Forum for Science, Industry and Business

Sponsored by:     3M 
Search our Site:

 

Georgia Tech warns of threats to cloud data storage, mobile devices in latest 'emerging cyber threat'

07.11.2013
As more businesses find their way into the cloud, few engage in security measures beyond those provided by the associated cloud storage firm, a new report from Georgia Tech notes. Even fewer seek heightened data protection because of concerns that usability and access to remote data would be significantly reduced.

These concerns are among findings made by the Georgia Tech Information Security Center (GTISC) and the Georgia Tech Research Institute (GTRI) in today's release of the Georgia Tech Emerging Cyber Threats Report for 2014.

The report was released at the annual Georgia Tech Cyber Security Summit, a gathering of industry and academic leaders who have distinguished themselves in the field of cyber security.

"With recent revelations of data collection by the federal government, we will continue to see a focus on cloud security," said Wenke Lee, director of GTISC. "But encryption in the cloud often impacts data accessibility and processing speed. So we are likely to see increased debate about the tradeoffs between security, functionality and efficiency."

Encryption challenges were a focus at this year's summit, which featured some of the nation's top information security experts. These included keynote speaker Martin Hellman, professor emeritus at Stanford University and one of the inventors of public key cryptography, a way of securing communications without relying on pre-shared secrets.

In related findings, the report reveals security issues involving the "Internet of Things," referring to the notion that the increase of Internet-capable devices could create opportunities remote hacking and data leakage. With everything from home automation to smartphones and other personal devices becoming connected to the Internet, these devices will capture more real-world information and could permit outside parties, companies, and governments to misuse that information.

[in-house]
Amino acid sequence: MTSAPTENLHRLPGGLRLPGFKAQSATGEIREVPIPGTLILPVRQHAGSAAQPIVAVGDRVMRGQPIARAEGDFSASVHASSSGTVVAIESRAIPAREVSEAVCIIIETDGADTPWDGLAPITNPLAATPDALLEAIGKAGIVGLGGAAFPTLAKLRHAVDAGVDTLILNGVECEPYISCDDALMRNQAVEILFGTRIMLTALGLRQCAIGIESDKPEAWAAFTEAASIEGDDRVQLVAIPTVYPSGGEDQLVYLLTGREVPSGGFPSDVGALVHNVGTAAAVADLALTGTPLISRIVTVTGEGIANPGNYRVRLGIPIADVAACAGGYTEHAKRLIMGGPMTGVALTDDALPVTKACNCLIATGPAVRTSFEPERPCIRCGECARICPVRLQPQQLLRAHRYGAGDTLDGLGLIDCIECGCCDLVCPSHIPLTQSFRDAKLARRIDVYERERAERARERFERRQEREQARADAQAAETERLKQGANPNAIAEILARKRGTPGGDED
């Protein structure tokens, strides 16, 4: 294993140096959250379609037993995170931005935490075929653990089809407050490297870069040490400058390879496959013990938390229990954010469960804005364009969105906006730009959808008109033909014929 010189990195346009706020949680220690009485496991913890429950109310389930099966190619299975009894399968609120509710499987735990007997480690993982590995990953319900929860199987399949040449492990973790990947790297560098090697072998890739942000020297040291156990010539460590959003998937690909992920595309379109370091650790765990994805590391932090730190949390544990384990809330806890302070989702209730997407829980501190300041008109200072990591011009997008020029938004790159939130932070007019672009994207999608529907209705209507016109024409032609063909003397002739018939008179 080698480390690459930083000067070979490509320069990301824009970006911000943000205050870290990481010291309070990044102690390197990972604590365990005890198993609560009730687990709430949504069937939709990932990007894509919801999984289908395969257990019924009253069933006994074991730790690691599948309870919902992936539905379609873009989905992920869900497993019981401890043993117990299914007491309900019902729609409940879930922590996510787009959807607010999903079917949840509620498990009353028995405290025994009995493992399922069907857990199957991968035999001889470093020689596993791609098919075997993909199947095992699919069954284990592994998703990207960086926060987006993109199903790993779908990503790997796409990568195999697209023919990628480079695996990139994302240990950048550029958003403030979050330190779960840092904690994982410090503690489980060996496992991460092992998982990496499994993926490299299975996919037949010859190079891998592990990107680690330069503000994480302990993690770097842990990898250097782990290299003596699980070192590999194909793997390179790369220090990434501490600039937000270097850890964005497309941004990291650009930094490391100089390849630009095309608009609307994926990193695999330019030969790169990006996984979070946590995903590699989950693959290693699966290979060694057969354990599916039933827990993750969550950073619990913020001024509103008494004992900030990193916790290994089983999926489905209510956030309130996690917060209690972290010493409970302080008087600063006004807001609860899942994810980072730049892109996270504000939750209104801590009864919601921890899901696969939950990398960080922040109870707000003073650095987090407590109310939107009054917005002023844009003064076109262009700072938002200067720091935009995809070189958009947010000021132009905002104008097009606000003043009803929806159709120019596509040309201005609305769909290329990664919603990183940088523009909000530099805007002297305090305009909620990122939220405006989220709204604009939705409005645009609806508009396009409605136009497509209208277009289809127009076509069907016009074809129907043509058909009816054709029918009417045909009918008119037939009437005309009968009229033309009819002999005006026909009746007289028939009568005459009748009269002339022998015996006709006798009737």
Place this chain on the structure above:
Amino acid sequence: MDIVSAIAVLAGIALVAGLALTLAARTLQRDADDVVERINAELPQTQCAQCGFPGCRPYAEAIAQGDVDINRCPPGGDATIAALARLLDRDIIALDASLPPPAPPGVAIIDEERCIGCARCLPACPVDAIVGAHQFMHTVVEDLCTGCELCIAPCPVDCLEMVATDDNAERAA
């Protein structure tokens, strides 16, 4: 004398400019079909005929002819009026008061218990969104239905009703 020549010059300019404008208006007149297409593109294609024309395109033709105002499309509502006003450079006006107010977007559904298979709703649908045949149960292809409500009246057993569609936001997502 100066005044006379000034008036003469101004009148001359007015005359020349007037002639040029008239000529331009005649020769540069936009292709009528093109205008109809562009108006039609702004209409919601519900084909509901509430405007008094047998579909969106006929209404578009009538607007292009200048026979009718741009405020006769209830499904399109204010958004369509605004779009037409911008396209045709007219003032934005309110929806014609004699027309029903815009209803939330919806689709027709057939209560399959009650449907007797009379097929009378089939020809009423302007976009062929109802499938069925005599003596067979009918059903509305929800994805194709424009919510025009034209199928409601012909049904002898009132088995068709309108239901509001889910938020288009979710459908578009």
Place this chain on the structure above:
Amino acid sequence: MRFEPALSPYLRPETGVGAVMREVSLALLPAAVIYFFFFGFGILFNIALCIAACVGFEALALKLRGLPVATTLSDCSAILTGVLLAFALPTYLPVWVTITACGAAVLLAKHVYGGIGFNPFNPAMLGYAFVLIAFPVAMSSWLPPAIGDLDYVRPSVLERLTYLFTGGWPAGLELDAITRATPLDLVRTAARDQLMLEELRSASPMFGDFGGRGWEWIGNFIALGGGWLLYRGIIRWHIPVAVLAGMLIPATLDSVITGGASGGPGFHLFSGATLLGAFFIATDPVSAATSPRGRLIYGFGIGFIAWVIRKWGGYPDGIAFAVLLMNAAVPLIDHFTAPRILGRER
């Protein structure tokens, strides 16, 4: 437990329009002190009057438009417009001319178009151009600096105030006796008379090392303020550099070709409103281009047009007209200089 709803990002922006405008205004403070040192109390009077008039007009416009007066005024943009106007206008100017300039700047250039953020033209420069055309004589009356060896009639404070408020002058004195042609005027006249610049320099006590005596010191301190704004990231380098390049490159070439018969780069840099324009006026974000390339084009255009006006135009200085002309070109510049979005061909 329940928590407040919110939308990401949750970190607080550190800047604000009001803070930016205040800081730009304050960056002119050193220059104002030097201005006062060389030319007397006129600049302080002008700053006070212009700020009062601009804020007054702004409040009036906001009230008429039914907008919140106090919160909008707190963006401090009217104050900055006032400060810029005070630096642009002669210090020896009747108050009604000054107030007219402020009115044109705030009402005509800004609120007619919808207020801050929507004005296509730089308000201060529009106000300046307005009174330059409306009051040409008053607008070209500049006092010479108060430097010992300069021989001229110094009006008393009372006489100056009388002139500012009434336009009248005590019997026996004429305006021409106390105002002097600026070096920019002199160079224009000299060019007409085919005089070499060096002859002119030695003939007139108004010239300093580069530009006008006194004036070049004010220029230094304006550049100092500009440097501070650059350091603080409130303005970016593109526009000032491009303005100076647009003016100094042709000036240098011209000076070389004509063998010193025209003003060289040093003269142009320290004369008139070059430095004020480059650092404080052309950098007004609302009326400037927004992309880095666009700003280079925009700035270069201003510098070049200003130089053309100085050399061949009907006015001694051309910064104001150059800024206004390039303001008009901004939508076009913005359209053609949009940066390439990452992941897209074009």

In the mobile space, even though designers of mobile devices and tablets have developed a robust ecosystem to prevent large-scale device compromises, the report finds that the threat of malicious and potentially targeted use remains. Earlier this year, researchers at Georgia Tech reported that they found ways to bypass the vetting process of Apple's App Store and subsequently showed how malicious USB chargers can be used to infect Apple iOS devices.

"No matter how successful we have been, black hat operatives will continue to attack infrastructure at every angle possible, making cyber security a global issue for years to come," said Bo Rotoloni, director of GTRI's Cyber Technology and Information Security Laboratory (CTISL). "We must remain vigilant. The purpose of this Summit and Report is to raise awareness, create educational opportunities and maintain an ongoing dialogue among industry, academia and government."

The Georgia Tech Cyber Security Summit is a forum for the IT security ecosystem to gather together, discuss and debate the evolving nature of cyber threats, and to chart the course for creating collaborative solutions.

In addition to Hellman's keynote address, the 2013 Summit included a panel of security experts from Microsoft, Splunk, Dell Secureworks, Solera Networks and Georgia Tech.

The Georgia Institute of Technology is one of the nation's leading public research universities and the home of cyber security research and education initiatives through GTISC, GTRI and other facilities across campus. These efforts focus on producing technology and innovations that help drive economic growth and improve daily life on a global scale.

The report will be available for download at gtsecuritysummit.com.

Phil Taylor | EurekAlert!
Further information:
http://www.gatech.edu

More articles from Information Technology: